Grey opens with the familiar swoosh of grapefruit and cardamom. As I lean in waiting for the basil I get a mixture of clary sage and lavandin. The entire top accord of the original is altered as the grapefruit takes more of a leading role lifting the herbs up to a higher plane. The base is also a fresher non-Oriental accord of vetiver and ambrox. Typical masculine woody accord. If the original was too heavy I think The for Men Grey is worth giving a try as it keeps much of what I liked from the original.

While I like the more full-bodied originals, in both cases. These are good versions of fresher constructs worth giving a try if you prefer that.

Disclosure: This review is based on samples provided by the manufacturers.

Mark Behnke

New Perfume Review Tiffany & Co. Eau de Parfum Intense- Missing the Sweet Spot

1

Of any review I have written on Colognoisseur in four and a half years the one which has garnered the most outright disappointment within the comments has been Tiffany & Co. The comments are very disappointed in another perfume called Tiffany which has replaced the original. As I pointed out in that review I believed it was Tiffany’s desire to make a perfume for a younger demographic than those who remember the original Tiffany perfume. It was much more transparent trending towards an iris soliflore. Over the year since I posted that review the lovers of the original have made their voice heard; they don’t like this new perfume. Because of that I was quite interested in the new flanker Tiffany & Co. Eau de Parfum Intense. Could this be the bridge?

Going in to trying this the press release carries this line, “A richer, deeper version of the original signature scent. Tiffany & Co. Eau de Parfum Intense echoes facets of the original composition” It does revive some of the original Tiffany ingredients, but I think this probably misses the sweet spot it was looking for.

Daniela Andrier

Perfumer Daniela Andrier is taking her iris soliflore of last year’s model and adding some character in the accords which surround the iris as the sole floral in the heart. This is the biggest difference between old and new; a single floral in the new versus a bouquet in the older version.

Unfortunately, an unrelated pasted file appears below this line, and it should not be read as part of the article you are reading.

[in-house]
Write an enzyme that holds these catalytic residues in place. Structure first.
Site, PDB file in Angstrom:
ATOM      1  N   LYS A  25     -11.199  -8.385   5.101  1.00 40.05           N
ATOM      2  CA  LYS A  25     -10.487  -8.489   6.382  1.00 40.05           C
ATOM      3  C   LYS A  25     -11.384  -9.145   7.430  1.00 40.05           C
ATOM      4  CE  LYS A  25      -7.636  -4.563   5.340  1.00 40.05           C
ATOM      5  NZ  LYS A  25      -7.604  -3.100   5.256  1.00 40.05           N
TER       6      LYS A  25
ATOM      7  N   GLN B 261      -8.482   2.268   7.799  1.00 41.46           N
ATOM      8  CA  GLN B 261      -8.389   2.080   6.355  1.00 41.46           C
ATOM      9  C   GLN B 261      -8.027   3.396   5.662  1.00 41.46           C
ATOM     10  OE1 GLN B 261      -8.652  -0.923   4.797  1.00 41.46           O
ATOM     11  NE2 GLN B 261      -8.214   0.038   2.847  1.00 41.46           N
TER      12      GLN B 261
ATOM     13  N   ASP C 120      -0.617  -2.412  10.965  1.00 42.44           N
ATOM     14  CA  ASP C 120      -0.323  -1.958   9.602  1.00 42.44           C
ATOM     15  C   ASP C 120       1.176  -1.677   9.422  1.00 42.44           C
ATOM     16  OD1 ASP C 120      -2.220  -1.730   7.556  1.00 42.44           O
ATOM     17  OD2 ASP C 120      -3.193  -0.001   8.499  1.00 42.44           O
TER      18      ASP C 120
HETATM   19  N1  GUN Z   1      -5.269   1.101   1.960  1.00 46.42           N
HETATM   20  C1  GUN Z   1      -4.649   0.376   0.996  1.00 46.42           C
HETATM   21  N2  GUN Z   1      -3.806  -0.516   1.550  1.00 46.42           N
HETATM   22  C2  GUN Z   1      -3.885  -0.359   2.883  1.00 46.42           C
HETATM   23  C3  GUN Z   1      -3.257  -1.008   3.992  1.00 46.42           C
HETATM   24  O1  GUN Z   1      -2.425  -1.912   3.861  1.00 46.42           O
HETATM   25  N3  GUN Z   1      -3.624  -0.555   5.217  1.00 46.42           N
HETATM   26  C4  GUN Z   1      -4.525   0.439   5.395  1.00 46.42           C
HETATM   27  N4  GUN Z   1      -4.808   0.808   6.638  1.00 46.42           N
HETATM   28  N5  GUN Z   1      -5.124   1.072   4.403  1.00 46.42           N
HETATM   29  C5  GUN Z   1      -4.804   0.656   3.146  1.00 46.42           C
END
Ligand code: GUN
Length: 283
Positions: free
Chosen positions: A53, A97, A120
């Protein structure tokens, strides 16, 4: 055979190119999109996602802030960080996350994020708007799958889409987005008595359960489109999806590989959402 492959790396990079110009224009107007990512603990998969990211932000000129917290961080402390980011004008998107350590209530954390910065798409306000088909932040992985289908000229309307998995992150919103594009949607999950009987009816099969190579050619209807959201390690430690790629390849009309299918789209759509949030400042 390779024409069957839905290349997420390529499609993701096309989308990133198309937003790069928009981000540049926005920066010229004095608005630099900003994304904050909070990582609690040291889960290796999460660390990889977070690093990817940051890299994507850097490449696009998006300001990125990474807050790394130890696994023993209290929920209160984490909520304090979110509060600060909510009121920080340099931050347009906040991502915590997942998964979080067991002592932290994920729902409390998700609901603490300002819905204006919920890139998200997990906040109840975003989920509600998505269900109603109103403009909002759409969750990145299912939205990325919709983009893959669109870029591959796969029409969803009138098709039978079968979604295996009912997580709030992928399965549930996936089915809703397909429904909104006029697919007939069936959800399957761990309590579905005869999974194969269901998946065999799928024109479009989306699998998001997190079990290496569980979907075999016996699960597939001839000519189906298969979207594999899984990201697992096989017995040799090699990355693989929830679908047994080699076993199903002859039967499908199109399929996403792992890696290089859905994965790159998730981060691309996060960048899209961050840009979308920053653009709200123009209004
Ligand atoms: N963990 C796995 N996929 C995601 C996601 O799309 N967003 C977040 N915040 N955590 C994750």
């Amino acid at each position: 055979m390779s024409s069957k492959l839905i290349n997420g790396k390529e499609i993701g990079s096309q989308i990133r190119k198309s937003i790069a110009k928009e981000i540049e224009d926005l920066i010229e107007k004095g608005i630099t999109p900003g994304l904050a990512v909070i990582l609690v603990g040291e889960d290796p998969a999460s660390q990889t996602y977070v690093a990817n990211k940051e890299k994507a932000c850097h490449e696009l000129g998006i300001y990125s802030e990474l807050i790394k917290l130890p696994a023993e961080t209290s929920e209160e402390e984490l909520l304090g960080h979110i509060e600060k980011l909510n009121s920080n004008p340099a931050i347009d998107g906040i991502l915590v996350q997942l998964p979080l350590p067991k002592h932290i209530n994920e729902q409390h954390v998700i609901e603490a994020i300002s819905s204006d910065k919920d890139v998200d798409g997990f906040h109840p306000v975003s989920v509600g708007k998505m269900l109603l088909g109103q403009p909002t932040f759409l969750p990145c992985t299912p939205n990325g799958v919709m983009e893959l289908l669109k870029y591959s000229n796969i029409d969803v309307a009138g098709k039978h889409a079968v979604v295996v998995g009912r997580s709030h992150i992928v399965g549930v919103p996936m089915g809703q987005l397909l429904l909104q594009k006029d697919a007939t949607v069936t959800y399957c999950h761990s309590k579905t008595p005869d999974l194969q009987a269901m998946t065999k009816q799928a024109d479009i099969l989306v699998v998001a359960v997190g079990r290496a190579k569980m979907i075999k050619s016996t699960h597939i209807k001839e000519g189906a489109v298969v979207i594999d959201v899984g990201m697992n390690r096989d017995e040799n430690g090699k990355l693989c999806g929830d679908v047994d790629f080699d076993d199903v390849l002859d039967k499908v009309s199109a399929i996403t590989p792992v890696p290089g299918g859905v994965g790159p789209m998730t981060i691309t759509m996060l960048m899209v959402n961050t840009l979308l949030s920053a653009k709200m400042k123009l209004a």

Mme Andrier opens with the green mandarin she used last year but this time blackcurrant buds and baie rose are added. The changes the opening into a greener more herbal citrus. It is much more complex than the soliflore. Iris is allowed to flower, again, in a rootier more earthy style; the powder is kept under control. The base is all about sweet resinous warmth as amber and benzoin are sweetened by vanilla. It is comforting like the sandalwood, vanilla, vetiver, and amber of the original.

Tiffany & Co. Eau de Parfum Intense has 10-12 hour longevity and average sillage.

Do I think Tiffany & Co. Eau de Parfum Intense is going to win over those who miss the original Tiffany? No, I think this could make the loss keener because there are more recognizable pieces but not near enough to hold a candle to that perfume. Do I think the person who liked last year’s Tiffany & Co. will be excited to wear this flanker? Probably not because this crosses the line from transparent to something heavier in effect. The marketers say those who like the transparent simplicity of Tiffany & Co. should not want anything to do with Tiffany & Co. Eau de Parfum Intense. What about me? I liked it, probably more than either of the two groups outlined above. This was less of a trifle than last year’s model. They may have missed the sweet spot they were aiming for, but they found mine.

Disclosure: This review is based on a sample from Tiffany & Co.